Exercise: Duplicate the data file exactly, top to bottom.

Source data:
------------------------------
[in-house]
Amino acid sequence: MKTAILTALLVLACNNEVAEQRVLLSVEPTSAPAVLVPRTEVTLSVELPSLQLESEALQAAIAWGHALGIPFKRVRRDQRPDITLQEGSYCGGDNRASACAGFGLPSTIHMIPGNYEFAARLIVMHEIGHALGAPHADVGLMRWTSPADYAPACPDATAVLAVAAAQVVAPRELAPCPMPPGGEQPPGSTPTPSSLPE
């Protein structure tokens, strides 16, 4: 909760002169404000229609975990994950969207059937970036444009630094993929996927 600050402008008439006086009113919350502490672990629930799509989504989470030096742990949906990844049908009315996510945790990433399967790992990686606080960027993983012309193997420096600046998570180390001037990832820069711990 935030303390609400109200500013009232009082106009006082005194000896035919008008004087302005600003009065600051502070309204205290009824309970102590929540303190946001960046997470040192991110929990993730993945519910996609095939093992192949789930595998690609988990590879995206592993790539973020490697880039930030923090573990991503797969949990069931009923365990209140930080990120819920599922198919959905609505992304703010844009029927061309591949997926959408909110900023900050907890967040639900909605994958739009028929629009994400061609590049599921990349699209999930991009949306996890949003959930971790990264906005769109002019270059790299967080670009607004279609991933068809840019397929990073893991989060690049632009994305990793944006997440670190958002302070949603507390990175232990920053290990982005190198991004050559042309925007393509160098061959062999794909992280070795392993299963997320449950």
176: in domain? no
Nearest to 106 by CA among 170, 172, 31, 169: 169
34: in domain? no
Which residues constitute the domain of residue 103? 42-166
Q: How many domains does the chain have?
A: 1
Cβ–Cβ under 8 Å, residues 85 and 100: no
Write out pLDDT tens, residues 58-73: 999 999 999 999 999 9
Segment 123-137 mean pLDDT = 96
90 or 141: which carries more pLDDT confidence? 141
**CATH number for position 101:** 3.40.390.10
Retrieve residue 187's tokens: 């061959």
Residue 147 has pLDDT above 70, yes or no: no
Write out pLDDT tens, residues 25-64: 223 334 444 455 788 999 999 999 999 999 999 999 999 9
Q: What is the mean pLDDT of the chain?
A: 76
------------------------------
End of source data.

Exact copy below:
[in-house]
Amino acid sequence: MKTAILTALLVLACNNEVAEQRVLLSVEPTSAPAVLVPRTEVTLSVELPSLQLESEALQAAIAWGHALGIPFKRVRRDQRPDITLQEGSYCGGDNRASACAGFGLPSTIHMIPGNYEFAARLIVMHEIGHALGAPHADVGLMRWTSPADYAPACPDATAVLAVAAAQVVAPRELAPCPMPPGGEQPPGSTPTPSSLPE
């Protein structure tokens, strides 16, 4: 909760002169404000229609975990994950969207059937970036444009630094993929996927 600050402008008439006086009113919350502490672990629930799509989504989470030096742990949906990844049908009315996510945790990433399967790992990686606080960027993983012309193997420096600046998570180390001037990832820069711990 935030303390609400109200500013009232009082106009006082005194000896035919008008004087302005600003009065600051502070309204205290009824309970102590929540303190946001960046997470040192991110929990993730993945519910996609095939093992192949789930595998690609988990590879995206592993790539973020490697880039930030923090573990991503797969949990069931009923365990209140930080990120819920599922198919959905609505992304703010844009029927061309591949997926959408909110900023900050907890967040639900909605994958739009028929629009994400061609590049599921990349699209999930991009949306996890949003959930971790990264906005769109002019270059790299967080670009607004279609991933068809840019397929990073893991989060690049632009994305990793944006997440670190958002302070949603507390990175232990920053290990982005190198991004050559042309925007393509160098061959062999794909992280070795392993299963997320449950």
176: in domain? no
Nearest to 106 by CA among 170, 172, 31, 169: 169
34: in domain? no
Which residues constitute the domain of residue 103? 42-166
Q: How many domains does the chain have?
A: 1
Cβ–Cβ under 8 Å, residues 85 and 100: no
Write out pLDDT tens, residues 58-73: 999 999 999 999 999 9
Segment 123-137 mean pLDDT = 96
90 or 141: which carries more pLDDT confidence? 141
**CATH number for position 101:** 3.40.390.10
Retrieve residue 187's tokens: 């061959």
Residue 147 has pLDDT above 70, yes or no: no
Write out pLDDT tens, residues 25-64: 223 334 444 455 788 999 999 999 999 999 999 999 999 9
Q: What is the mean pLDDT of the chain?
A: 76